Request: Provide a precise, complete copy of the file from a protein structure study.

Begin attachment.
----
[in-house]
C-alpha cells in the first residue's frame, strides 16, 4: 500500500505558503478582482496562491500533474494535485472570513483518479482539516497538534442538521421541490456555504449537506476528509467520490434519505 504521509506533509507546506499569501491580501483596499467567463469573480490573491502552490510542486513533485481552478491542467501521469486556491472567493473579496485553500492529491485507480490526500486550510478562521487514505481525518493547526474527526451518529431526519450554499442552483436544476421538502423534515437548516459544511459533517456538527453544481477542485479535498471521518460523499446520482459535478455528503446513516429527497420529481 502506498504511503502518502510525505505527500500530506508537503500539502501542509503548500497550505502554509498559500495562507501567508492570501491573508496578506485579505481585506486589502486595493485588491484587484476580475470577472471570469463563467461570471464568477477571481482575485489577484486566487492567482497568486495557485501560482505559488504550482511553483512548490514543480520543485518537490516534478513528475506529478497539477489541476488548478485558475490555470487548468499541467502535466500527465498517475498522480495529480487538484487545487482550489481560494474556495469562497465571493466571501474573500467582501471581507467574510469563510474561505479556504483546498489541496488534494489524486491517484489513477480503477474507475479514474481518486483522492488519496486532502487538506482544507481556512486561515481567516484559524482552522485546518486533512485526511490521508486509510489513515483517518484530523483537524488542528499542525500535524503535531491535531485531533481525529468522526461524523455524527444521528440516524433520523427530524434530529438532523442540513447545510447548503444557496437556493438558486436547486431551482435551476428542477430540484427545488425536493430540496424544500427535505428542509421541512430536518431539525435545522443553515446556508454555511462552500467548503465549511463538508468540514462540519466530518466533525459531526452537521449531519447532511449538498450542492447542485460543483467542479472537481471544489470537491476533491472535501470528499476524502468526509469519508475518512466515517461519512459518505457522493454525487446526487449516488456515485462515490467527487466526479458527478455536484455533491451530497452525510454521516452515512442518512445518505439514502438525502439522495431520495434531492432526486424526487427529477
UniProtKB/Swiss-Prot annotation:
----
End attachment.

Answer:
[in-house]
C-alpha cells in the first residue's frame, strides 16, 4: 500500500505558503478582482496562491500533474494535485472570513483518479482539516497538534442538521421541490456555504449537506476528509467520490434519505 504521509506533509507546506499569501491580501483596499467567463469573480490573491502552490510542486513533485481552478491542467501521469486556491472567493473579496485553500492529491485507480490526500486550510478562521487514505481525518493547526474527526451518529431526519450554499442552483436544476421538502423534515437548516459544511459533517456538527453544481477542485479535498471521518460523499446520482459535478455528503446513516429527497420529481 502506498504511503502518502510525505505527500500530506508537503500539502501542509503548500497550505502554509498559500495562507501567508492570501491573508496578506485579505481585506486589502486595493485588491484587484476580475470577472471570469463563467461570471464568477477571481482575485489577484486566487492567482497568486495557485501560482505559488504550482511553483512548490514543480520543485518537490516534478513528475506529478497539477489541476488548478485558475490555470487548468499541467502535466500527465498517475498522480495529480487538484487545487482550489481560494474556495469562497465571493466571501474573500467582501471581507467574510469563510474561505479556504483546498489541496488534494489524486491517484489513477480503477474507475479514474481518486483522492488519496486532502487538506482544507481556512486561515481567516484559524482552522485546518486533512485526511490521508486509510489513515483517518484530523483537524488542528499542525500535524503535531491535531485531533481525529468522526461524523455524527444521528440516524433520523427530524434530529438532523442540513447545510447548503444557496437556493438558486436547486431551482435551476428542477430540484427545488425536493430540496424544500427535505428542509421541512430536518431539525435545522443553515446556508454555511462552500467548503465549511463538508468540514462540519466530518466533525459531526452537521449531519447532511449538498450542492447542485460543483467542479472537481471544489470537491476533491472535501470528499476524502468526509469519508475518512466515517461519512459518505457522493454525487446526487449516488456515485462515490467527487466526479458527478455536484455533491451530497452525510454521516452515512442518512445518505439514502438525502439522495431520495434531492432526486424526487427529477
UniProtKB/Swiss-Prot annotation: